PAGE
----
Little is known about the mating behaviour of peripatus. Those in New Zealand probably mate the same way as a South African species. The male deposits a spermatophore (packet containing sperm) anywhere on the female’s body, and she slowly absorbs it. Other species overseas may deposit the spermatophore directly into the female’s genital opening.
Once absorbed, the sperm travel to the eggs or are stored in sperm receptacles until needed. A female may need to mate only once in her lifetime. She can have 16 embryos at different stages of development in her two uteri.
Velvet worms have a variety of birth strategies:
- Oviparity – the female lays an egg from which young eventually hatch.
- Ovoviviparity – the female gives birth to live young which have hatched from an egg inside her body.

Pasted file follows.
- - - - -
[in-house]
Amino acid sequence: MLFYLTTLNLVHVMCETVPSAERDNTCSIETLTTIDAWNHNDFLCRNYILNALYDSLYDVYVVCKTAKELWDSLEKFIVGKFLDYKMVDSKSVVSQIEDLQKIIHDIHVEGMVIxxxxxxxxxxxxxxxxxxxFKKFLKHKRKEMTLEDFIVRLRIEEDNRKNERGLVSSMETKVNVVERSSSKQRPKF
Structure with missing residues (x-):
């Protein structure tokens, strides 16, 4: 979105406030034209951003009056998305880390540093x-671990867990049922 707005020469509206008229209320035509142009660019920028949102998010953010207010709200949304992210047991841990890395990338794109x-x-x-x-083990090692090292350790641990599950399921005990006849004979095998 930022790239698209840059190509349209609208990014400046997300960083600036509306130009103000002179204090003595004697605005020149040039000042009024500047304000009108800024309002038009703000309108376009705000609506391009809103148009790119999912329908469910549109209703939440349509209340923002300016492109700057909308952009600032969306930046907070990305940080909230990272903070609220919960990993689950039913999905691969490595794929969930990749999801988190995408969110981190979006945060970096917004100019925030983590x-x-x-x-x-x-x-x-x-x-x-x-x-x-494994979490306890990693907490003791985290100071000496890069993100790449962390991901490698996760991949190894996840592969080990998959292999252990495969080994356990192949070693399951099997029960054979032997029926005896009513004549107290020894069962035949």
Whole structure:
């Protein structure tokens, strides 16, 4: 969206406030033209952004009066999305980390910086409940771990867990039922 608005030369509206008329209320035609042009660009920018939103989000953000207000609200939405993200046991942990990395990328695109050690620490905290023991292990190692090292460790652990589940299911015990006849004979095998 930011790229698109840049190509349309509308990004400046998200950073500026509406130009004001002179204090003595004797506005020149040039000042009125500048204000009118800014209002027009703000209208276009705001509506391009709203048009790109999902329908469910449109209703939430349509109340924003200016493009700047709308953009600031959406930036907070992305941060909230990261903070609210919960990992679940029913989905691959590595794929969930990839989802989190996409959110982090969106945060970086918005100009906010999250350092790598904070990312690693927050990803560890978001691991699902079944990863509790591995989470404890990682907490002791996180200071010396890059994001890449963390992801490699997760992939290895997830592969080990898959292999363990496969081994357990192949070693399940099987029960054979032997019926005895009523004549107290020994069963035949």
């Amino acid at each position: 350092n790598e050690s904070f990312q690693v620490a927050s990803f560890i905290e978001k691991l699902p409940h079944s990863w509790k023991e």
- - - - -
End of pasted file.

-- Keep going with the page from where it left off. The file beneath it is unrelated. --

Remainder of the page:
- Placental viviparity – the young develop inside the female’s body, and receive nutrients from her via a placenta.
In New Zealand the Peripatoides species give birth to live young, and the Ooperipatellus lay eggs. As far as is known only Australian and New Zealand velvet worms lay eggs. The young resemble adults in shape, but most are white when they are first born or hatched. Their colouring develops later on.
No parental care
Once a female velvet worm gives birth or her eggs hatch, the young fend for themselves. Their mother may occasionally eat them.